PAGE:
There are many different ways to preserve memory; photographs and videos are probably among of the most common methods used today to remember the past. We also attempt to metaphorically hold close important people and places through inanimate objects – souvenirs or mementos- that serve as reminders. Sometimes an unexpected trigger to one of our senses like a smell, color, or sound can suddenly cause a distant memory to reemerge, vivid and clear.
I recently rediscovered a flower press from my childhood that hadn’t been opened in nearly twenty years. A flood of emotion overtook me as I leafed through pages of delicate, paperthin flowers. Each flower had been preserved in such a way that the colors were still so vibrant, as if they were frozen in time.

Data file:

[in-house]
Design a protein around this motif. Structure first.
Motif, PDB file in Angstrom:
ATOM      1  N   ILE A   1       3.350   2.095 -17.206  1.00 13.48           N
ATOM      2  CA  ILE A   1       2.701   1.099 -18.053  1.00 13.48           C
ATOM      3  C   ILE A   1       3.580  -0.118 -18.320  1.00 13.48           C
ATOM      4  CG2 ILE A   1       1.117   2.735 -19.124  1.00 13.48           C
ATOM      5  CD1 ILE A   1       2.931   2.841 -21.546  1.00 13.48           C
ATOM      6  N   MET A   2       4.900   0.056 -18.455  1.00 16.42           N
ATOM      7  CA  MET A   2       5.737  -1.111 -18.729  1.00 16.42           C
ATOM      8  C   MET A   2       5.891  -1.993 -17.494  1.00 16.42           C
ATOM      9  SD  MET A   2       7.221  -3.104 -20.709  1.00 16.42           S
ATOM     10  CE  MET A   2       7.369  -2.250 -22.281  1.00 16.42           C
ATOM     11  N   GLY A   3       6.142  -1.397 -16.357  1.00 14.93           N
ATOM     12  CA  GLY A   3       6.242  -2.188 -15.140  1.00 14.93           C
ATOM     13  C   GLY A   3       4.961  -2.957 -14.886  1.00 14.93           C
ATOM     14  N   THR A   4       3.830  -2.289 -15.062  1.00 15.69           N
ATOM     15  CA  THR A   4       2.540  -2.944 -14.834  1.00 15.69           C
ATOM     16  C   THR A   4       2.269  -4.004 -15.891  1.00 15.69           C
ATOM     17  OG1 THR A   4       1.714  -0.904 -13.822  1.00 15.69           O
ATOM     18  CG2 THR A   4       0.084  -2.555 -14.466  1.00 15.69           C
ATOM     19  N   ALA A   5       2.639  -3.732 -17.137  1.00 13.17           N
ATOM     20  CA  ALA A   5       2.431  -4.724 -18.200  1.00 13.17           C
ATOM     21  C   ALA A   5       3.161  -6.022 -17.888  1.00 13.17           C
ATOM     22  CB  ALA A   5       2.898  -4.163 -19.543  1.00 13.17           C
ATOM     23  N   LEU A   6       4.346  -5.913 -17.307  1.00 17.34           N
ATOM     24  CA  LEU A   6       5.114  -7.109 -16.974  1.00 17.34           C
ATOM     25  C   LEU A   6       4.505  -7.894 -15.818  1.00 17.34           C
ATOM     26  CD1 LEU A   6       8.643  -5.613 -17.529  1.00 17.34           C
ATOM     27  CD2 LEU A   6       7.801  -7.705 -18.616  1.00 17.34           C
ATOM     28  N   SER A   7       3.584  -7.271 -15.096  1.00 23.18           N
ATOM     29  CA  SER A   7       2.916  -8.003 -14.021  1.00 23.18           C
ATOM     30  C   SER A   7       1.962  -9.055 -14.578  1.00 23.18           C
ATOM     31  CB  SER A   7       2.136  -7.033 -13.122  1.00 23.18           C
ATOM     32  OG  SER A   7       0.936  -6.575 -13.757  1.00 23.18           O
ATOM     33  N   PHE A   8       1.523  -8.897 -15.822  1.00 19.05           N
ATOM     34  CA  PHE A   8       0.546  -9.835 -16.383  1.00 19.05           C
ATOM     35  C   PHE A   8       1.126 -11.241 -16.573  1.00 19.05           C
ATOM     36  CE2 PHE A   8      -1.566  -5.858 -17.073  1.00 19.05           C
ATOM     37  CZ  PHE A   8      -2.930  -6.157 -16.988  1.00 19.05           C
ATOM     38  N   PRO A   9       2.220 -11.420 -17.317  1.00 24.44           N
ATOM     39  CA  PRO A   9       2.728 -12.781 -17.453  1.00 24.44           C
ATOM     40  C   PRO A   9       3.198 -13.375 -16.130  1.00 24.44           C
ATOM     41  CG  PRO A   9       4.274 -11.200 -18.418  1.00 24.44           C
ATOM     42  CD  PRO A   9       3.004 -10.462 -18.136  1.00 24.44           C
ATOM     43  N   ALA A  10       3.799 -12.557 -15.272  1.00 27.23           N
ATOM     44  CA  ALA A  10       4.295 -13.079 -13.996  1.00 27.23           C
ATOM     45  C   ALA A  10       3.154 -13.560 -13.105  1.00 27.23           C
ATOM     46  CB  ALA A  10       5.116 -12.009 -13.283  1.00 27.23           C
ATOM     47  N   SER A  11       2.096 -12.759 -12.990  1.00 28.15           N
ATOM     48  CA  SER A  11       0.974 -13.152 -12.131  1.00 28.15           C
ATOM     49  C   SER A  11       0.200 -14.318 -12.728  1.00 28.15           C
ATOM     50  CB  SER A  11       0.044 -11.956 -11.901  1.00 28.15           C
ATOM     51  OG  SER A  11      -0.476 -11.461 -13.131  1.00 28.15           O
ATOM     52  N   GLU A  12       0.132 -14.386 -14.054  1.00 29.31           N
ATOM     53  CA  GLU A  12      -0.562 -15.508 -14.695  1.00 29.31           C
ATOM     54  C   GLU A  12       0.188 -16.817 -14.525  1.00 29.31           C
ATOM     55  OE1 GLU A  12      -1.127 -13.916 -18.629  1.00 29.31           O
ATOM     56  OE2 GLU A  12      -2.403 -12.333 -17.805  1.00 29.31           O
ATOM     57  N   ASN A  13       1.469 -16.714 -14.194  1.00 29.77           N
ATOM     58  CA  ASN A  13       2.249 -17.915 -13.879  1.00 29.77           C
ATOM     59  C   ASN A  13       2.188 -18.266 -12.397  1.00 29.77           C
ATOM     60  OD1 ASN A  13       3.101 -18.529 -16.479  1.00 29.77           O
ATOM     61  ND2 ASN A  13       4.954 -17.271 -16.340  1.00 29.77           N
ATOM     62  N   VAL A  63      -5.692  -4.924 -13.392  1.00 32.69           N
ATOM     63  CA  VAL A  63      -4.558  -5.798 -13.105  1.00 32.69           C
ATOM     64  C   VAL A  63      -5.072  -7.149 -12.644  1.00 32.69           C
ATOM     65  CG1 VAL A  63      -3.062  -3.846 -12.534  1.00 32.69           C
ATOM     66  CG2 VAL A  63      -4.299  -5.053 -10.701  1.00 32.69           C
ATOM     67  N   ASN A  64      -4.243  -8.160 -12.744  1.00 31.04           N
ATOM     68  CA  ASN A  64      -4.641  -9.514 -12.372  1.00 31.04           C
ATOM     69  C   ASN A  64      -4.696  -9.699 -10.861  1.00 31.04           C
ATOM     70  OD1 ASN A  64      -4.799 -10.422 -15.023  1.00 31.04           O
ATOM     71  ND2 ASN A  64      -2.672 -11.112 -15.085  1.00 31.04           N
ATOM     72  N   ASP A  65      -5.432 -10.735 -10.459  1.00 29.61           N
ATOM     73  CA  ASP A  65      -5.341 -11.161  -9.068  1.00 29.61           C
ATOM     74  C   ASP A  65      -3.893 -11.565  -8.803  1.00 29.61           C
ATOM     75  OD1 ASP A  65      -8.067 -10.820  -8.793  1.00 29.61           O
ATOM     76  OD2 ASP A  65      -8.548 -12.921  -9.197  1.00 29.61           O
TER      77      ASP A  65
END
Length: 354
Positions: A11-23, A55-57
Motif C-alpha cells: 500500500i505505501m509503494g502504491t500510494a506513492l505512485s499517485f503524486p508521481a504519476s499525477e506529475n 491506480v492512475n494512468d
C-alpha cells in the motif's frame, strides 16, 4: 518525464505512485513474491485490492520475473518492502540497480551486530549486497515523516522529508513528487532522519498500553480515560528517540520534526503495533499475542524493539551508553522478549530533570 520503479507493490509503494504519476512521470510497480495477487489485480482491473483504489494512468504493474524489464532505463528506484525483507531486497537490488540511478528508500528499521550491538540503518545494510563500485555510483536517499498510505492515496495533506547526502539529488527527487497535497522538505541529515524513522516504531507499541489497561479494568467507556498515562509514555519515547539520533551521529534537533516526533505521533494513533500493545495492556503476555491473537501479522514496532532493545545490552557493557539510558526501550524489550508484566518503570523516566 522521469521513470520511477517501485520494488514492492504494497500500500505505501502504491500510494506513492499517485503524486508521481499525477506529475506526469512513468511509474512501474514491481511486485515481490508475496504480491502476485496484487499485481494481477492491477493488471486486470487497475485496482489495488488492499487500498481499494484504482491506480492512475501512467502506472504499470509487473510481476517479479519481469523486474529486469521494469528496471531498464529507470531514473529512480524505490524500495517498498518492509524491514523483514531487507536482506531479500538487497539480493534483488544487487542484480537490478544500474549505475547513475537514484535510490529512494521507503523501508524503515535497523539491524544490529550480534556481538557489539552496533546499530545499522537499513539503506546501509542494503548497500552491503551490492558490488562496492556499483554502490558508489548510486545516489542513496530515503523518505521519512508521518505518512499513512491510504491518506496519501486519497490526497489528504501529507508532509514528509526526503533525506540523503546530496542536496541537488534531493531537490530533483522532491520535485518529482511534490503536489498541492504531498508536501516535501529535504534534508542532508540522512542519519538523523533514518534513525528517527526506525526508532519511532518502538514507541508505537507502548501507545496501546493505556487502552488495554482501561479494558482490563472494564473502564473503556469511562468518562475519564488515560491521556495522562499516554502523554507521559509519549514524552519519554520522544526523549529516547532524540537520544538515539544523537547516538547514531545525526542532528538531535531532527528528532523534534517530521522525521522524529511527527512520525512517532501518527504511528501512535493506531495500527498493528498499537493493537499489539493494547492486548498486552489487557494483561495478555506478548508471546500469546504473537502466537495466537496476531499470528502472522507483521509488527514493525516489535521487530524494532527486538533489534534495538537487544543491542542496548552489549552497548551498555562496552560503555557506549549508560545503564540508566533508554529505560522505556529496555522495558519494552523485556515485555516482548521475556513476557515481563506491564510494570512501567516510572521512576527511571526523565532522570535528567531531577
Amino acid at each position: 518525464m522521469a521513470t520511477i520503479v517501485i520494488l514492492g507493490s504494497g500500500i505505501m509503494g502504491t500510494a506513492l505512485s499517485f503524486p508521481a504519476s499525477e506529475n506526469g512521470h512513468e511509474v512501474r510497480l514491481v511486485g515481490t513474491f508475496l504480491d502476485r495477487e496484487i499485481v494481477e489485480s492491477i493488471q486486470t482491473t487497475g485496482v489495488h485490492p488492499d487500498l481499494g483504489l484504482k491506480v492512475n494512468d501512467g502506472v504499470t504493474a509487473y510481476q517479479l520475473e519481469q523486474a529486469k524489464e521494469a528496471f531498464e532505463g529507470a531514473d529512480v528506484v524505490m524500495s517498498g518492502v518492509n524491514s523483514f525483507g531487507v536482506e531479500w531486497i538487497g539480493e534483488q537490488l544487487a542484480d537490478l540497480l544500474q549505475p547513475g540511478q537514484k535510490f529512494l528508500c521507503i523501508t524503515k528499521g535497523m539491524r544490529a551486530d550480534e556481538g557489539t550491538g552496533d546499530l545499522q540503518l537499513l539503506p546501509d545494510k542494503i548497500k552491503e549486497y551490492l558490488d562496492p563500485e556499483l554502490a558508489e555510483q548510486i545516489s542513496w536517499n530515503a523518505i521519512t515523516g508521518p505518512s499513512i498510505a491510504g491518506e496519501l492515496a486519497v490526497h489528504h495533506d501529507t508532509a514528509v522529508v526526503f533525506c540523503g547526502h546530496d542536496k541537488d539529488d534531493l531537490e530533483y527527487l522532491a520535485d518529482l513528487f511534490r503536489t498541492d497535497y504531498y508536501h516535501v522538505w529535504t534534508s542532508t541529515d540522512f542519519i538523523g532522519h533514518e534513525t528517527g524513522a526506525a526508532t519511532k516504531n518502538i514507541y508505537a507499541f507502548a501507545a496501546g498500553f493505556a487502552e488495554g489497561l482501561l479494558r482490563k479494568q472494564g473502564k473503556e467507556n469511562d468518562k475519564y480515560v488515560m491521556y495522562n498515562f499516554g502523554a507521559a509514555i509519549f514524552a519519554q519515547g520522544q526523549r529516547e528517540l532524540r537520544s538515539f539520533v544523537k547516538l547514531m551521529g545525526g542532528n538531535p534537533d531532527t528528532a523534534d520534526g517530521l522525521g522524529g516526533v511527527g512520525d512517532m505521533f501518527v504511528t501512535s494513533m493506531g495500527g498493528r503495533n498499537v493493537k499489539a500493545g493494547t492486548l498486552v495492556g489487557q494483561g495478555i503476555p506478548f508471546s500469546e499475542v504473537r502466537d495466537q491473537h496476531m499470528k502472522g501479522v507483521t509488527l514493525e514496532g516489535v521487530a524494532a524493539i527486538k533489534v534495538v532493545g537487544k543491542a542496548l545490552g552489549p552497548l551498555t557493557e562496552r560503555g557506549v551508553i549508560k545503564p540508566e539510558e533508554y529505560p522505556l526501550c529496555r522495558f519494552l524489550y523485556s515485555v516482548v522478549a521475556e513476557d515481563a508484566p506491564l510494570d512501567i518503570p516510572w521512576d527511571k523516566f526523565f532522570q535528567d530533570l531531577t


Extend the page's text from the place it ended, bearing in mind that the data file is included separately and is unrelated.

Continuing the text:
After spending some time studying the flowers, I felt like I could clearly recall the point in my childhood when I would spend hours in my backyard collecting flowers and leaves. I created a painting, mostly from memory, of my younger self surrounded by a garden of giant
sunflowers and other plant life at my childhood home. The painting, which was done on bronze, became the starting point for my “Relics of Childhood” necklace.
Using a jeweller’s saw, I deconstructed the painting into a multitude of floral shapes which were inspired by silhouettes of the pressed flowers. The imagery of the painting became fragmented, like pieces of an unsolved jigsaw puzzle. Through traditional jewellery
techniques, I re-connected the pieces of the painting to create a long neckpiece that is reminiscent of a daisy chain.
Drawing upon my interest in painting, and my formal training as a metalsmith, I merged two seemingly disparate disciplines to create a piece that is revels in ambiguity, and captures the fragmented nature of memory.